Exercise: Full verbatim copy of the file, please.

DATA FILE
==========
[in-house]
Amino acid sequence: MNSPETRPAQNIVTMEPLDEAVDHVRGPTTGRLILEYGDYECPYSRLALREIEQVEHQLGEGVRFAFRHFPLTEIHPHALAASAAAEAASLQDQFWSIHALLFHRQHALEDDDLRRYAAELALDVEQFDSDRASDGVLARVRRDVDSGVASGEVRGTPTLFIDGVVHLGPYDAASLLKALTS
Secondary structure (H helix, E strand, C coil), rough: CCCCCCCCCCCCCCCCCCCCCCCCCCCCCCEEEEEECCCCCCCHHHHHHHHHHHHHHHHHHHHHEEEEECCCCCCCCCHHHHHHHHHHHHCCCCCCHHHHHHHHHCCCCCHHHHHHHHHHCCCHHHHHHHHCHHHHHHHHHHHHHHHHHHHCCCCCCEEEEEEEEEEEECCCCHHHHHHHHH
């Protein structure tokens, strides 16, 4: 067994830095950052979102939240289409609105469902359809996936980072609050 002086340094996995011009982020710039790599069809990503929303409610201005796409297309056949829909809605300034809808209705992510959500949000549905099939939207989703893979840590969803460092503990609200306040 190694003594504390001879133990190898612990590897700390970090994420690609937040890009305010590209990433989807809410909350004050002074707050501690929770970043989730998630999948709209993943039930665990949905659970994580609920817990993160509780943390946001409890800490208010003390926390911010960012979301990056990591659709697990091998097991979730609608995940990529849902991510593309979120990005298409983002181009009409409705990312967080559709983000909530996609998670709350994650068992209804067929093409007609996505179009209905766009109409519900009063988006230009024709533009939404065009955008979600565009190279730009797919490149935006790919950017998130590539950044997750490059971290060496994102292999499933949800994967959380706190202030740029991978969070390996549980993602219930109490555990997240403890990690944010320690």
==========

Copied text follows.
[in-house]
Amino acid sequence: MNSPETRPAQNIVTMEPLDEAVDHVRGPTTGRLILEYGDYECPYSRLALREIEQVEHQLGEGVRFAFRHFPLTEIHPHALAASAAAEAASLQDQFWSIHALLFHRQHALEDDDLRRYAAELALDVEQFDSDRASDGVLARVRRDVDSGVASGEVRGTPTLFIDGVVHLGPYDAASLLKALTS
Secondary structure (H helix, E strand, C coil), rough: CCCCCCCCCCCCCCCCCCCCCCCCCCCCCCEEEEEECCCCCCCHHHHHHHHHHHHHHHHHHHHHEEEEECCCCCCCCCHHHHHHHHHHHHCCCCCCHHHHHHHHHCCCCCHHHHHHHHHHCCCHHHHHHHHCHHHHHHHHHHHHHHHHHHHCCCCCCEEEEEEEEEEEECCCCHHHHHHHHH
């Protein structure tokens, strides 16, 4: 067994830095950052979102939240289409609105469902359809996936980072609050 002086340094996995011009982020710039790599069809990503929303409610201005796409297309056949829909809605300034809808209705992510959500949000549905099939939207989703893979840590969803460092503990609200306040 190694003594504390001879133990190898612990590897700390970090994420690609937040890009305010590209990433989807809410909350004050002074707050501690929770970043989730998630999948709209993943039930665990949905659970994580609920817990993160509780943390946001409890800490208010003390926390911010960012979301990056990591659709697990091998097991979730609608995940990529849902991510593309979120990005298409983002181009009409409705990312967080559709983000909530996609998670709350994650068992209804067929093409007609996505179009209905766009109409519900009063988006230009024709533009939404065009955008979600565009190279730009797919490149935006790919950017998130590539950044997750490059971290060496994102292999499933949800994967959380706190202030740029991978969070390996549980993602219930109490555990997240403890990690944010320690």